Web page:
March 29, 2005 PRINT Bookmark and Share

Best ... Weekend ... Ever

by Adam Wodon/Managing Editor

Are you as tired as I am hearing about how great this past weekend's college basketball regional finals were? Yeah, three games went to overtime; yeah, maybe it was the best weekend ever of college basketball. But you know what? This was also the best weekend of college hockey ever. Yes, you heard that right. The ... Best ... Ever.

This, despite the fact that the end result was the WCHA tournament redux (no offense to the WCHA, really, but variety is the spice of life). This despite the fact that all the teams I was rooting for (and I make no apologies) lost.

(Here's the last time I proclaimed a weekend the best ever. It was close, but this had higher stakes)

But First...

There's another thing I'm tired of. I'm tired of hearing from fans of every team in every corner of the country who take every thing that's written personally. So let's clear this up: If someone makes a comment, even if it sounds mildly critical, it doesn't mean we "have it in for" your favorite team; it doesn't mean we're "out to get you."

In fact, I can pretty much safely say there are no college hockey programs I despise or even dislike. Lots of times there's praise, sometimes there's a little criticism. Sometimes it's not really even criticism, just an observation that people take as criticism. For some reason, there are folks who can't separate statements of opinion from personal vindiction.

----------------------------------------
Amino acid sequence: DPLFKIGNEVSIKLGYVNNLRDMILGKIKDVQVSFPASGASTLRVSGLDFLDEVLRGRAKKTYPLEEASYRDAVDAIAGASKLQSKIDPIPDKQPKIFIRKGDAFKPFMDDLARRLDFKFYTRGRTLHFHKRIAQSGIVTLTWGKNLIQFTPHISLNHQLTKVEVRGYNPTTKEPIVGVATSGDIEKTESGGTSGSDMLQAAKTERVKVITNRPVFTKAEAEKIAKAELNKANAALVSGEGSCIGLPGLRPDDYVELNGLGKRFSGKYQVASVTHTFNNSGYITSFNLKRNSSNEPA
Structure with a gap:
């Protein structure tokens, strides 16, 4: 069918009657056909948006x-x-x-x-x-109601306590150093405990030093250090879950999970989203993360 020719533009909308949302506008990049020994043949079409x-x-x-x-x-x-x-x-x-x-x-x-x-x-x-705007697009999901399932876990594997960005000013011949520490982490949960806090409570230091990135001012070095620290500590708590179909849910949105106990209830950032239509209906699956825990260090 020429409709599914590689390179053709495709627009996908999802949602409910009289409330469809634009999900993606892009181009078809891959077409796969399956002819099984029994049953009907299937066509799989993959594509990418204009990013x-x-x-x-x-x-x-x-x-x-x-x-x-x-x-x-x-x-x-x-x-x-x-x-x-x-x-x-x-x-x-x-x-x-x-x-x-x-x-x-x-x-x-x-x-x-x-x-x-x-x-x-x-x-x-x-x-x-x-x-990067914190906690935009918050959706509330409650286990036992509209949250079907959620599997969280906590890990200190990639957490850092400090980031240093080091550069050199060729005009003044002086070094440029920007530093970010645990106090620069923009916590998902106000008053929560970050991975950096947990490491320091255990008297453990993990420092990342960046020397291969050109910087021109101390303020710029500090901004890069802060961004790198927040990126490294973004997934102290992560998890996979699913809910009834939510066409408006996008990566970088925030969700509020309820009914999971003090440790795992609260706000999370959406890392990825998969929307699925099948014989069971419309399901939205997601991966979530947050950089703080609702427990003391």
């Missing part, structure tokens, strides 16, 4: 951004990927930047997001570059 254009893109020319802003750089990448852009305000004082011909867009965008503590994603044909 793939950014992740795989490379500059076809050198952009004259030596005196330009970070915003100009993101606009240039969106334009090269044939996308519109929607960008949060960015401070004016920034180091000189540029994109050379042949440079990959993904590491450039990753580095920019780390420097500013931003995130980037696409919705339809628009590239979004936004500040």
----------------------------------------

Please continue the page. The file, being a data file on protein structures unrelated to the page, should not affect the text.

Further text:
If I say that I believe NCAA games should be played on 200x85 ice, it doesn't mean that I have a personal vendetta against the University of Minnesota (see below). One thing has nothing to do with the other. If I say that the committee may have wanted to consider making Cornell a No. 1 seed, it doesn't mean I have an issue with the superior greatness that is the WCHA. If I say that Harvard's defense has to play better than it has in the past, especially because it's on a big ice sheet, it's doesn't mean I "have it in for" Harvard players or the program or anything remotely close.

And if I say that I support KRACH and/or defend the placement of Cornell in the West Regional, it doesn't mean that I have it "in for" the ECAC (a thought that would be comical to anyone who knows me, but that is indicative of the ludicrous e-mail that I get).